In March 2023, Former Scottish Prime Minister Nicola Sturgeon issued a “sincere, heartfelt and unreserved” apology to people affected. Yet, the UK government has still to follow suit.

Most of the victims were unmarried teenagers who were sent to mother and baby homes run by state, religious or charitable bodies, such as the Catholic Church and the Salvation Army. In these care facilities, they were indoctrinated with feelings of shame and guilt, and in some cases, required to do menial labour before they gave birth and were forced to give their children up.

The report concluded that the government bore ultimate responsibility for the pain and suffering caused by its institutions and state employees.

“For many years, until at least the 1980s, pregnancy outside marriage was severely frowned upon, and frequently young women who found themselves in this situation were given little choice but to give in to the strong pressures which were exerted on them by the authorities to have their babies adopted. They were not given information about the welfare services, including housing and financial help, which were available at the time. There was no question of these women being found to be unfit mothers; they were simply prevented from becoming mothers at all,” Movement for an Adoption Apology stated, a campaign directed at pressuring the UK government into acknowledging their wrongdoing in this ordeal.

Are there still forced adoptions in the UK?

Forced adoptions in the UK have not stopped since the Baby Scoop. The country is still an outlier compared to the rest of Europe when it comes to the frequency of forced adoptions.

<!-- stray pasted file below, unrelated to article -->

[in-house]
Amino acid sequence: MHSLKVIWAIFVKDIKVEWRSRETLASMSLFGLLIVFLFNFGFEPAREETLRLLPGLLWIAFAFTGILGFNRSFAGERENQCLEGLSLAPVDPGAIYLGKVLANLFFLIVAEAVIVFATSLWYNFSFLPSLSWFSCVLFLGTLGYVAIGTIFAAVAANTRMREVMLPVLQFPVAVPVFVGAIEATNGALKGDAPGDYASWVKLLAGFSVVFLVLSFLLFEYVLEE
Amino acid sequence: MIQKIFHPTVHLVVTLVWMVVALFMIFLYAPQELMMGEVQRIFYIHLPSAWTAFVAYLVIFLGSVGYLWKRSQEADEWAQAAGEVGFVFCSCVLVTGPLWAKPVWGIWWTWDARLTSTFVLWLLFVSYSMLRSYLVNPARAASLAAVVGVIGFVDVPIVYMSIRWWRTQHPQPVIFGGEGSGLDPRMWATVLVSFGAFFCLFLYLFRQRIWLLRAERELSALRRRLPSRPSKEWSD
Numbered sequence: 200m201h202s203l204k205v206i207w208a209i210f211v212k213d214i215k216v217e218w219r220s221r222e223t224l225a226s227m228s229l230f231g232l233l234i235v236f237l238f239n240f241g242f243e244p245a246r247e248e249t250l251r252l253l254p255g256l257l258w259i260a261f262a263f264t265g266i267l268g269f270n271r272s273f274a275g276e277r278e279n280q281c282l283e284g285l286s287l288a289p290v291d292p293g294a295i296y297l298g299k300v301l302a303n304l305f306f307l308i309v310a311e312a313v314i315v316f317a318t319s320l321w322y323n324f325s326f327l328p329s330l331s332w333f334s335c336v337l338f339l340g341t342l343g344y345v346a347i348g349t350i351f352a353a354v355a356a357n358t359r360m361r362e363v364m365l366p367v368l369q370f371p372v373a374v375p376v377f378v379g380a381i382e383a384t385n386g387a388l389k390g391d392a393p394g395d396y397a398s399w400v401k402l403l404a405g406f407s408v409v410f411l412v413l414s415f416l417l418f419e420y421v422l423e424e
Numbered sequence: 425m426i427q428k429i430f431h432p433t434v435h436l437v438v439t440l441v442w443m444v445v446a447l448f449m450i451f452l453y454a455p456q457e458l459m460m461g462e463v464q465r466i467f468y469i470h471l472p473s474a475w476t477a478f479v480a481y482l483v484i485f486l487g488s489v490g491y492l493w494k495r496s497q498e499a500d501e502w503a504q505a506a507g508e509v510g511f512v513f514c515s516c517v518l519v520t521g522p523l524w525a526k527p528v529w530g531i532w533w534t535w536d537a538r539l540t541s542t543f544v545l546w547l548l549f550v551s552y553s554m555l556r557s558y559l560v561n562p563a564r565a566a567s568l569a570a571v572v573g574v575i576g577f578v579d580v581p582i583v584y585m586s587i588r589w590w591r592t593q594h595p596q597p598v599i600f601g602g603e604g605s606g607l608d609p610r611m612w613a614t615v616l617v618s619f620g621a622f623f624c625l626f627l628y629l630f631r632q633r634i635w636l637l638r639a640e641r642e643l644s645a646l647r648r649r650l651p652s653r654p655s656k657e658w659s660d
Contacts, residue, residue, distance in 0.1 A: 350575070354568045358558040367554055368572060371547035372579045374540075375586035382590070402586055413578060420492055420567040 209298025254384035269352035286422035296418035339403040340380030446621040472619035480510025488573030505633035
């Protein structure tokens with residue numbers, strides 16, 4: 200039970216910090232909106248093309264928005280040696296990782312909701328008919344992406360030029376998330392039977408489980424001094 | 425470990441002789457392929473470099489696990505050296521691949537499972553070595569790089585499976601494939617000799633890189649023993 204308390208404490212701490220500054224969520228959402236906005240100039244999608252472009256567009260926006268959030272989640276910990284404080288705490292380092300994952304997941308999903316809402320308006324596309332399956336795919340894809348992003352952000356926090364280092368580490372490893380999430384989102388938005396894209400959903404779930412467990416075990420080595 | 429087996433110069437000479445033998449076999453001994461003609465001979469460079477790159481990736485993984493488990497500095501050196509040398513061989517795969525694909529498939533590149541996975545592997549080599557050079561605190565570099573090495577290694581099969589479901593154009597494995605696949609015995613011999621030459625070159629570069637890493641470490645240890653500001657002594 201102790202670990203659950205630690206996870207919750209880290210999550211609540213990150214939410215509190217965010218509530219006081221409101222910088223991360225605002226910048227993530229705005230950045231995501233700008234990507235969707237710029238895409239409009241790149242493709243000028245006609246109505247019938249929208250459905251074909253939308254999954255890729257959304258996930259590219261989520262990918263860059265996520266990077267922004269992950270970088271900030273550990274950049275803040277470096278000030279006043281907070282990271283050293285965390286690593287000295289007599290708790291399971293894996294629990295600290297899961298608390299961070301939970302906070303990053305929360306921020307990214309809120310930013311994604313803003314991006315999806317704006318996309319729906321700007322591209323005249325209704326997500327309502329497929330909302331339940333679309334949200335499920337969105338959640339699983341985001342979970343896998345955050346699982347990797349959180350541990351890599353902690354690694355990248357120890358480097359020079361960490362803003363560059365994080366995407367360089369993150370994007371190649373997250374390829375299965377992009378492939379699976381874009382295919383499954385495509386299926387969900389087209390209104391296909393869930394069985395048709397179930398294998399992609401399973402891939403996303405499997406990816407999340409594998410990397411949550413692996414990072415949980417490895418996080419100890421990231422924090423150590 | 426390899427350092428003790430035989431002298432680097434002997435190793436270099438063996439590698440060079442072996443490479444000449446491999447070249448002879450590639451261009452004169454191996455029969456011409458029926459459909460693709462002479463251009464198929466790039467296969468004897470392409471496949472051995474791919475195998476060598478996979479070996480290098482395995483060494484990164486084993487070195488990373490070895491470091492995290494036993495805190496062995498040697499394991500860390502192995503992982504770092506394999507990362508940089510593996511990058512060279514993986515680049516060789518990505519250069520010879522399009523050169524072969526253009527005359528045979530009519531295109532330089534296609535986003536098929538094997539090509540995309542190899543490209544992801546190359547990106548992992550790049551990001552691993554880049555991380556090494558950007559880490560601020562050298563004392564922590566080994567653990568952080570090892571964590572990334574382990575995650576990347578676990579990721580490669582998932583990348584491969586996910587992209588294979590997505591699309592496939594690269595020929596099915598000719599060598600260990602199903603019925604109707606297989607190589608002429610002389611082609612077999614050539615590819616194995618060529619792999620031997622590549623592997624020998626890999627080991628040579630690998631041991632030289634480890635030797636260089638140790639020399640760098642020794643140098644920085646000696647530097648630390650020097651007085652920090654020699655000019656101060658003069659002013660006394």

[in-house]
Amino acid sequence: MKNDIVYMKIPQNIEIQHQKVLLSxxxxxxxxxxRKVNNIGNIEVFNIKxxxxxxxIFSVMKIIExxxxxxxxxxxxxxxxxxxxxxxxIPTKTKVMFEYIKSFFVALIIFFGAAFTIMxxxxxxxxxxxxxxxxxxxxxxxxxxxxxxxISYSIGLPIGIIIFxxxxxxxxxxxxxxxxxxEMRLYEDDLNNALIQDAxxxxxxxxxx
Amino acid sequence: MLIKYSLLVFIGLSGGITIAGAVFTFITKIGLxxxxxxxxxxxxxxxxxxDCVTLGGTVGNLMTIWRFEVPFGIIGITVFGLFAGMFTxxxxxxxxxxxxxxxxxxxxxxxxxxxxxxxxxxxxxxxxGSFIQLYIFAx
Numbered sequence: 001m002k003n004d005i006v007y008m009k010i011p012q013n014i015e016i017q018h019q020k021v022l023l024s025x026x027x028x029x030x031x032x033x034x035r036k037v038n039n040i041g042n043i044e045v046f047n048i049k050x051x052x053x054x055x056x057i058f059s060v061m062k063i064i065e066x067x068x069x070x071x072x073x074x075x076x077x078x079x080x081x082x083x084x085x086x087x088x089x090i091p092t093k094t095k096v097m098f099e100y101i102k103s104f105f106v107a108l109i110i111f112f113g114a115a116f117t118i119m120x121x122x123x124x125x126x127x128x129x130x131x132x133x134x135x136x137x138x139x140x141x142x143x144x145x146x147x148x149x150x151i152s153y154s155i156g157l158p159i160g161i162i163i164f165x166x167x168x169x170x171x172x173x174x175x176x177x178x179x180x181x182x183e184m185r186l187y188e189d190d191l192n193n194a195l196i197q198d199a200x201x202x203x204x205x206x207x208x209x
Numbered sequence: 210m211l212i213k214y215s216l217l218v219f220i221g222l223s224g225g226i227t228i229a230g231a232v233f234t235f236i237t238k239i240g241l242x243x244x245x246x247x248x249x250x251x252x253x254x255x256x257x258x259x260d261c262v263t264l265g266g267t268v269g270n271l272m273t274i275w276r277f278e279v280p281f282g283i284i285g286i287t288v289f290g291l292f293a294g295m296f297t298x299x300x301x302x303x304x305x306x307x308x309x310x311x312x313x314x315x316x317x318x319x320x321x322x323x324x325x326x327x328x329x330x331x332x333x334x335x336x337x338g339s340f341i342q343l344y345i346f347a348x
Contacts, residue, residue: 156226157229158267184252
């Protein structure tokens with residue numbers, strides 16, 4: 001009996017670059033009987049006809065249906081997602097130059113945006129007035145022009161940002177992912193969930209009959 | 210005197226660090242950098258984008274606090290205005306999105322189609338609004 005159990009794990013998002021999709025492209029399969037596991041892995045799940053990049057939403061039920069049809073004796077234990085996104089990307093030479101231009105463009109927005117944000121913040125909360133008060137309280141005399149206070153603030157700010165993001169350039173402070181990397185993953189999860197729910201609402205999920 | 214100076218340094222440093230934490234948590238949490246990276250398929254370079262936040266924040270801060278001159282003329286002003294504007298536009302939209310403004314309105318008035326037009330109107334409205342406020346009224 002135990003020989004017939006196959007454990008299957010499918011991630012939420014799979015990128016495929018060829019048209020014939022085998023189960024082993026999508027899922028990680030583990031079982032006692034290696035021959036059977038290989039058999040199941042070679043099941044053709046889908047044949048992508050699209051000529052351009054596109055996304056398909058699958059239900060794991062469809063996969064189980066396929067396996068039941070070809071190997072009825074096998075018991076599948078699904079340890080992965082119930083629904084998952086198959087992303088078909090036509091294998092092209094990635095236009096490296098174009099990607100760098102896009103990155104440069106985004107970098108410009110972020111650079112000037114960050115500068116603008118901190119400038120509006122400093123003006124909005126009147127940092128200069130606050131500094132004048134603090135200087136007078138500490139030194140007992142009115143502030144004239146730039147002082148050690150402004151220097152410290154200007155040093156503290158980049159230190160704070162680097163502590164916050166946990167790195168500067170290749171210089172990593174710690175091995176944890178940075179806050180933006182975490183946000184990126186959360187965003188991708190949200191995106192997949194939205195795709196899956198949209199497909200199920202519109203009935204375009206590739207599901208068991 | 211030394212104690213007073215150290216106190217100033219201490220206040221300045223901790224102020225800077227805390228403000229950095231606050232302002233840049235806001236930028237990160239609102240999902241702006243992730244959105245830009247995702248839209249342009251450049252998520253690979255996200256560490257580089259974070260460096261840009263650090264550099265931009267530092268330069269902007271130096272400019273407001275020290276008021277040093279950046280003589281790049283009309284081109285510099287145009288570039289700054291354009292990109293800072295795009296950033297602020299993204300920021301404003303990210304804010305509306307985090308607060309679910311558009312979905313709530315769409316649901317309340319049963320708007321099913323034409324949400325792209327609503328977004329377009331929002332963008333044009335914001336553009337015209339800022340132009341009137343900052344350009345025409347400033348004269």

In the process of doing research for this article, SCREENSHOT contacted 10 different charities and support lines for single mothers who were unable to give information, either due to concerns about protecting the sensitive information of their clients or simply a lack of access to official figures.

Exact statistics are difficult to pin down, according to Prospect Magazine, however, data from 2014 suggests that almost half of the 5,050 children adopted in the previous year were given new homes without their parents’ consent. In England alone, 80,000 children were removed from their parents in the year up to March 2021. Of those, 4,600 had a placement order, which is a court order granting a local authority to place a child for adoption in cases where parents did not consent. The context behind the removal of the remaining 76,000 is unclear.

Nevertheless, the 2021 data shows that of the 2,270 children “placed in adoption,” only 290, or 13 per cent, were adopted “with consent.”

Statistics like these highlight an enduring legacy of scarce resources and support for parents in need, especially young mothers.

Unethical adverts and adoption practices prevail partially because cultural beliefs prevail that young, unmarried mothers cannot adequately provide for their children. This perpetuates systemic biases and deprives the mothers of the agency to make informed choices about their own futures.

Many young women who are looking at a positive pregnancy test right now and decide to keep their unborn will likely embark on a difficult journey, forcing them to confront little support, bigotry, and worst of all, the enduring opinion that someone else could take better care of their child.